You will need to give the gin a really good stir, then close the jar again and leave it to one side for one week at the very least.

If possible, leave it for a month, to really draw out all of the flavours and to get the best result. You can shake the gin jar each day to help pull out even more of the rhubarb flavour and juices each time.

When you are ready to drink your newly created tipple, you will need to empty the jar by sieving the gin through a fine strainer, into a handy jug and then you can pour it into an empty gin bottle for storage, or serve it immediately.

The best ways to serve your rhubarb gin

The best way to serve your pink gin is in a tall glass with ice, and tonic water, or fresh ginger beer, but of course that’s very traditional.

If you are more adventurous then you will definitely want to try using your amazing homemade rhubarb gin to create delicious cocktails.

Here are some great examples of rhubarb gin cocktails you can easily try at home with your new batch of pink gin:

The Negroni

This is a variation on a classic cocktail and makes best use of your newly created pink gin. The somewhat bitter and spicy flavour of the rhubarb-based liqueur Zucca Rabarbaro help to contrast with your gin’s sweet taste.

To make this cocktail, you will need only three ingredients:

  • 37.5ml of your rhubarb gin
  • 30ml of the Rabarbaro
  • 22ml of sweet Vermouth

Simply combine all the measures into a glass, add ice, stir briefly and garnish with an orange slice and you have made your first rhubarb gin cocktail at home.

The Queen

This sweet cocktail features a rhubarb and strawberry syrup, as well as the sweet rhubarb gin, but combined with Campari which brings its own dry and citrus flavours to balance it out, making this a delightful summer evening drink to enjoy in the garden.

To make this cocktail, all you will need are the following:

  • 45ml of your rhubarb gin
  • 15ml of Campari
  • 22ml of lemon Juice
  • 15ml of rhubarb and strawberry syrup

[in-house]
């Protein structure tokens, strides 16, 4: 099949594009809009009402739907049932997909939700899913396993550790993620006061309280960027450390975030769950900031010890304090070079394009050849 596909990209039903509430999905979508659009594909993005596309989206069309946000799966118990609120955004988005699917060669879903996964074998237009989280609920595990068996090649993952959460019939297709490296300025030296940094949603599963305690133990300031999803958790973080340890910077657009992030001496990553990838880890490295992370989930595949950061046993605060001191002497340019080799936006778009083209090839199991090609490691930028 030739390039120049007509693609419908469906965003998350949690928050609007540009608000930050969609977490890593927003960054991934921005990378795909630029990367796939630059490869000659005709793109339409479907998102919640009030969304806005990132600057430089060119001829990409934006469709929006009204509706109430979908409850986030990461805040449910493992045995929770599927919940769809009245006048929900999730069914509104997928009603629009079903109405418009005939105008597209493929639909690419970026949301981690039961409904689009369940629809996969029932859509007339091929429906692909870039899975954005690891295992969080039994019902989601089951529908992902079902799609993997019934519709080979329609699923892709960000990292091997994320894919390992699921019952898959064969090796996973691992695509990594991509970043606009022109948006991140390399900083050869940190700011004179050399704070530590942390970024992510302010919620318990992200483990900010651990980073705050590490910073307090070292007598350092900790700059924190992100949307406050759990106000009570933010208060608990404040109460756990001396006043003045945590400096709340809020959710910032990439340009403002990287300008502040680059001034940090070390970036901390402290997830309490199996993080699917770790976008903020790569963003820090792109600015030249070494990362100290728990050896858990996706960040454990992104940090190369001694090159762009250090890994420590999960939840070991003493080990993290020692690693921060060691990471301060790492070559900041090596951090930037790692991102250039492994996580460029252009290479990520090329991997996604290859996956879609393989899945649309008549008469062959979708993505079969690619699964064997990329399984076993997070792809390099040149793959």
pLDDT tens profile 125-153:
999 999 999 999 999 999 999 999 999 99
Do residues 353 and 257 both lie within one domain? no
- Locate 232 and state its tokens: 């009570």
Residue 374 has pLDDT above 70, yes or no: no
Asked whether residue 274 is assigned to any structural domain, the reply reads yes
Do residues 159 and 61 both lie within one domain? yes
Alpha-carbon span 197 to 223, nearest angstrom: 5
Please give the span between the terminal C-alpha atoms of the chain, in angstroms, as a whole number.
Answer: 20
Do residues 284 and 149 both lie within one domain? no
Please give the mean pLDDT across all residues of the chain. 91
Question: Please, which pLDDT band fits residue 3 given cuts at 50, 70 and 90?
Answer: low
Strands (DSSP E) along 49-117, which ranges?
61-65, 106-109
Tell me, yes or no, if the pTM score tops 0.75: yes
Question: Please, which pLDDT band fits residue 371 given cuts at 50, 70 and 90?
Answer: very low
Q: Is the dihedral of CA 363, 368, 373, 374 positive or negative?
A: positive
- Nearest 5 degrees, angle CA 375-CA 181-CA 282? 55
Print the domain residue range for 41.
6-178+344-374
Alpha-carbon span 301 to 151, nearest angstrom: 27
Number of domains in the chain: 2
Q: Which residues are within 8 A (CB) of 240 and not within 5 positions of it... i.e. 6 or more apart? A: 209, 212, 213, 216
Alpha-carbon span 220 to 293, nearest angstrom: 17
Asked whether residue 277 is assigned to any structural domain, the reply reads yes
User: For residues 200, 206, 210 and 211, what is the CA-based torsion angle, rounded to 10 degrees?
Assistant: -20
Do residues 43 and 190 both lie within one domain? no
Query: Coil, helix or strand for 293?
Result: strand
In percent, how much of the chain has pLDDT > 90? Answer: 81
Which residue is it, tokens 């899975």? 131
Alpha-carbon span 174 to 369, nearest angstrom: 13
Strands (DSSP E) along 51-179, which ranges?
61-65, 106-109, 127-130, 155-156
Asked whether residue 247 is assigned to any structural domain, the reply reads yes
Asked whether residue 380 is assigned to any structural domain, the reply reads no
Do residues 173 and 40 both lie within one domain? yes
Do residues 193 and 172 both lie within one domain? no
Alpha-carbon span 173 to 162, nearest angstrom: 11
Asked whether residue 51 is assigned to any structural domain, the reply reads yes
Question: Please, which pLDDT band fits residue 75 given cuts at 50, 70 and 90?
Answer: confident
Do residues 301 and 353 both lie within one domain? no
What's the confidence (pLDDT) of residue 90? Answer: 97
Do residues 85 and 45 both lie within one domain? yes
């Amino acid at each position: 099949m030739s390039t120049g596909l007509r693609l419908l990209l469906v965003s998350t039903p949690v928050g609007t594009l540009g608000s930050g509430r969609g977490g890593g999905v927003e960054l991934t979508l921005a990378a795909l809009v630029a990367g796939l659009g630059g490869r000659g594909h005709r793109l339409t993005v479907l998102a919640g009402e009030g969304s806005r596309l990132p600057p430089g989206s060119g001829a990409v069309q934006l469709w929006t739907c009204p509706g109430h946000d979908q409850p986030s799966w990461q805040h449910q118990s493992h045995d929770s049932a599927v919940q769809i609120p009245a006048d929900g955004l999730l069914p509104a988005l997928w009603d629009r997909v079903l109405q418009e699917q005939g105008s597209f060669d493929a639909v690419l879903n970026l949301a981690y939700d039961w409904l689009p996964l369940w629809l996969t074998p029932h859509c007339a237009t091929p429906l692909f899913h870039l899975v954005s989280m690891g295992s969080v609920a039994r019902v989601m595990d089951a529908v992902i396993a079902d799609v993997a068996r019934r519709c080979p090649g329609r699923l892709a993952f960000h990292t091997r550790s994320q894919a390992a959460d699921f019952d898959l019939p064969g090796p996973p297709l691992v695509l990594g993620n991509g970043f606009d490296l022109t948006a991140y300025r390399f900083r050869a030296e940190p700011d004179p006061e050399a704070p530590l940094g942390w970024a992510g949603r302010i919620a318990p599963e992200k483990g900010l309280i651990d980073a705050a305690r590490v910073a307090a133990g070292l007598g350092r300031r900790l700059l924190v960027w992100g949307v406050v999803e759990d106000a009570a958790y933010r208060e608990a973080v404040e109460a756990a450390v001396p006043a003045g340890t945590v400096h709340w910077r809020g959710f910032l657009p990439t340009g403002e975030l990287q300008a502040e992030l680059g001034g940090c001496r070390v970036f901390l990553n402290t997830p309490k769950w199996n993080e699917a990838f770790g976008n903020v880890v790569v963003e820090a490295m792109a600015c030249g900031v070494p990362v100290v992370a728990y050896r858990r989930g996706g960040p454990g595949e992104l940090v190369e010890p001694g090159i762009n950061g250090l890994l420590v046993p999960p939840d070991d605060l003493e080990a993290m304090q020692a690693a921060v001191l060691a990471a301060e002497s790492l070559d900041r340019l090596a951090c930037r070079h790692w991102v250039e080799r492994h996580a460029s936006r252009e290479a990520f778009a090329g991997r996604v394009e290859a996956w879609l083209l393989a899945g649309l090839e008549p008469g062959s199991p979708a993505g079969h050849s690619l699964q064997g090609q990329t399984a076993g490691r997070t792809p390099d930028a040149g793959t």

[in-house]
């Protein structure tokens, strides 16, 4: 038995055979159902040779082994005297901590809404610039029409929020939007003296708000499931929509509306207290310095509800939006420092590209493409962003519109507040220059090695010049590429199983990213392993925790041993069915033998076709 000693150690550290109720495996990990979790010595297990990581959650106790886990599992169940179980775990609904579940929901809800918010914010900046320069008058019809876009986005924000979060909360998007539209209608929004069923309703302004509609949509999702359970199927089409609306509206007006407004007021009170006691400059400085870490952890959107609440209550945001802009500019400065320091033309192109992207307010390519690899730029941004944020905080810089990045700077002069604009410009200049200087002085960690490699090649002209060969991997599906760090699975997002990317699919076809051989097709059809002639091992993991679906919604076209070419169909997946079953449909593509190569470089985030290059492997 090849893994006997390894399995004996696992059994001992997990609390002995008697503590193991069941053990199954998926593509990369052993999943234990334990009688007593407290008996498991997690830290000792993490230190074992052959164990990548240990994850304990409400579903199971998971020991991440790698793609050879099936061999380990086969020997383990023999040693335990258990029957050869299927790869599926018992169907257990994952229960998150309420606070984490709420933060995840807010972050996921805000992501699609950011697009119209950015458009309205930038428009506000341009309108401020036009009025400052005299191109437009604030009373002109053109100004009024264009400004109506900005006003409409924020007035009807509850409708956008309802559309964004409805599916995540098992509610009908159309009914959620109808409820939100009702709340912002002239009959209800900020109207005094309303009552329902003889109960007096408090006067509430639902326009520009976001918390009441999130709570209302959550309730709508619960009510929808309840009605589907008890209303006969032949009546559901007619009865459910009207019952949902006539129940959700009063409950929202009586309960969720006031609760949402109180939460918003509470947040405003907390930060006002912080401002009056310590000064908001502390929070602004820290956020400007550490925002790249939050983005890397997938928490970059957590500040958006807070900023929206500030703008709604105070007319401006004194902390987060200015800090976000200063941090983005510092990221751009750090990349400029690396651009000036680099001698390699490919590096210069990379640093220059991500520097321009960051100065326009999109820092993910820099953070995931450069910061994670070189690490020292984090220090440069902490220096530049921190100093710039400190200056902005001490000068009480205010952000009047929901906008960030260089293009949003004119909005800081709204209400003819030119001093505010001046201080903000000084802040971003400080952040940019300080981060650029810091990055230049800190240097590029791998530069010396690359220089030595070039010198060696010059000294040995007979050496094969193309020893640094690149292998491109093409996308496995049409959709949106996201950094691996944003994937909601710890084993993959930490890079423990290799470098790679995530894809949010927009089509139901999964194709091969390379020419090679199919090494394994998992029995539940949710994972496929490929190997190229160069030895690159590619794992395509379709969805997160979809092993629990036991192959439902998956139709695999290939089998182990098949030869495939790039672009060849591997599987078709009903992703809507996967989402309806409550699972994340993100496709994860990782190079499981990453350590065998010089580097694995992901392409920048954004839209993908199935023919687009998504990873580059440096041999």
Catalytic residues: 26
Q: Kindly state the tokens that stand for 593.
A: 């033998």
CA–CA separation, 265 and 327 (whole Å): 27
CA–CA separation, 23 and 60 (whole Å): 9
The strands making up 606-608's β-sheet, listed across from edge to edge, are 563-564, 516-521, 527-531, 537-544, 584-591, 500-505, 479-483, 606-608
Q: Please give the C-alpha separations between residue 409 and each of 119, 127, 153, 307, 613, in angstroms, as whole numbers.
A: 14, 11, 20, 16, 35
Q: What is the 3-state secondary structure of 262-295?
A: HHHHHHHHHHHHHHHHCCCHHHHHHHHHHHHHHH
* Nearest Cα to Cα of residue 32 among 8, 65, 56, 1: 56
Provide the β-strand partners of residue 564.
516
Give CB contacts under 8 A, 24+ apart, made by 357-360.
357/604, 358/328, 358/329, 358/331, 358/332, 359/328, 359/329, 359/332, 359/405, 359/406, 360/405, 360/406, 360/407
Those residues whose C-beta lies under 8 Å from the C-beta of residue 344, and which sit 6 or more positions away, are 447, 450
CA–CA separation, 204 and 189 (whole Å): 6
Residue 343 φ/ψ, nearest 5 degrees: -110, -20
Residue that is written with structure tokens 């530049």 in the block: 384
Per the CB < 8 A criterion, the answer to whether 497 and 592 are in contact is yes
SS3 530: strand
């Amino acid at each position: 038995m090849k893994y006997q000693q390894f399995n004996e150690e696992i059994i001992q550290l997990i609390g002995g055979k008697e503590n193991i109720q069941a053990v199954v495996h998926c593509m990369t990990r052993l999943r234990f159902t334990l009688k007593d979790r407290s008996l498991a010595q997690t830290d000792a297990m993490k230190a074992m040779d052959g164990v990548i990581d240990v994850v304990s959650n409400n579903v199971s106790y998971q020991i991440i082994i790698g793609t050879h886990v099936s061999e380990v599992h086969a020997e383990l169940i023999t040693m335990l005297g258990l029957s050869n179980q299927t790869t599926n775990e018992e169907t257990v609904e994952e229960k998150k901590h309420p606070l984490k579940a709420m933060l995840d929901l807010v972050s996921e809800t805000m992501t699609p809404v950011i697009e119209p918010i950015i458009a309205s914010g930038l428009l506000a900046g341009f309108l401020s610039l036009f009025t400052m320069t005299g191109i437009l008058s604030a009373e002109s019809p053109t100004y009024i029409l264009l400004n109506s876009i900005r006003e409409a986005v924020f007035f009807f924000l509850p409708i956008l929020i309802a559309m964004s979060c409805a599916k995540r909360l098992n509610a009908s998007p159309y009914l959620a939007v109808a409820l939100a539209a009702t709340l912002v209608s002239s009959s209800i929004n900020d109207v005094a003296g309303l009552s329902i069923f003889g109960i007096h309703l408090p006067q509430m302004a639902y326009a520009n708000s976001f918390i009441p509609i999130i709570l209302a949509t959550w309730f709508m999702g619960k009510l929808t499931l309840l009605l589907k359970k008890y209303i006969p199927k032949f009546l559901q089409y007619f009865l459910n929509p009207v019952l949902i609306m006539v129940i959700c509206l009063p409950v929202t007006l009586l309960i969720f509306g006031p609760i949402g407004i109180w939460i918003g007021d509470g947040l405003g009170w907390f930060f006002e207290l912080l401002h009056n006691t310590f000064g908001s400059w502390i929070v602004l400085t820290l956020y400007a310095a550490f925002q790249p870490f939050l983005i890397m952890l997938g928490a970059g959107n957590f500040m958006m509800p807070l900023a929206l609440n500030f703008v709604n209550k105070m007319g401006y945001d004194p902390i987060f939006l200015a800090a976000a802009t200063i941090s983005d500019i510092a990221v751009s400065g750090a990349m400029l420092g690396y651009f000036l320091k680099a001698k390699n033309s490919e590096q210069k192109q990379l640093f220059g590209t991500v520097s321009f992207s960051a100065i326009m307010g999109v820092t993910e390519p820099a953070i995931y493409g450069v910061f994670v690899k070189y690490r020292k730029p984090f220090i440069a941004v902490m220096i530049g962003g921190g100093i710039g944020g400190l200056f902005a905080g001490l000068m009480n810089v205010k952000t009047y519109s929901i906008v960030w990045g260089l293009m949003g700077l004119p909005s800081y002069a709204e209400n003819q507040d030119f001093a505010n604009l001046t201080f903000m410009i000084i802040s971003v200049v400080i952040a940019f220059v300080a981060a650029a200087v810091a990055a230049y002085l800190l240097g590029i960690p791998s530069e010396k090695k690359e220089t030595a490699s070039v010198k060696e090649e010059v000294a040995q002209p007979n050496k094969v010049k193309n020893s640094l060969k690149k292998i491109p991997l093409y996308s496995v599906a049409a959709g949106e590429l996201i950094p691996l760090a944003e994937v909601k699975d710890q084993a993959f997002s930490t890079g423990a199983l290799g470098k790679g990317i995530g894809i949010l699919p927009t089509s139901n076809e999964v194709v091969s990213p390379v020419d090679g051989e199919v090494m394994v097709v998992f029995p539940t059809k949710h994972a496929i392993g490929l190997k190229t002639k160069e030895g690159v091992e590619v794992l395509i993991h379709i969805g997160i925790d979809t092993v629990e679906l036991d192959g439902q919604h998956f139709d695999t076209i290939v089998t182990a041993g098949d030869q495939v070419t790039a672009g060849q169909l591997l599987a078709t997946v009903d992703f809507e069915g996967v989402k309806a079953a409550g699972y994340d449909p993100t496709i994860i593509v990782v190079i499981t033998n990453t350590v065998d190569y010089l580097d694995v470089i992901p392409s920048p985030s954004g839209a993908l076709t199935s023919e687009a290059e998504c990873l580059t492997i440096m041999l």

• One egg white
  • A cocktail shaker

Add all of the ingredients into your cocktail shake and mix them together with a good shake for around 20 seconds. Then add ice to the shaker and mix again for around 10 seconds, before pouring out and serving in a cocktail glass.

Perfect pineapple

This cocktail combines the sweetness of your gin, with the acidity of pineapple and the dryness of a Vermouth to create a really refreshing cocktail that everyone will enjoy at your summer barbecue or garden party.

To make this final rhubarb gin cocktail, you will need:

  • 30ml of your rhubarb gin
  • 30ml of Vermouth
  • 22ml of pineapple syrup
  • 22ml of lemon juice
  • Ice
  • Sprig of fresh mint for garnish

Simply pour all of the ingredients into a tall glass and stir with a stirrer before adding the ice, garnishing with a sprig of fresh mint and serve immediately for another refreshing rhubarb gin cocktail to enjoy with great company for a great evening.  

Whether you choose to buy your rhubarb from a greengrocer or farm shop, or decide to go ahead and grow your own in the garden or greenhouse, making your own rhubarb gin is incredibly easy and once you have your first batch, you can start to get creative, trying out different flavours and making your own homemade signature cocktails.

You can even create a signature bottle and use your delicious gin as a great idea for gifts for your friends and family. If it’s not to their taste, you can always personalise it, for example, you could add sugar, lemon, lime or other delicious flavours to make the bottle very personal.

Keeping your gin in a cool dark place in the bottle will help to keep it fresh and remain delicious. The longer you keep it the more the flavours will infuse and the better it will be for drinking.

If you’re looking for gin related gifts for friends and family, check out Virginia Hayward’s gin hampers for a range of great gift ideas.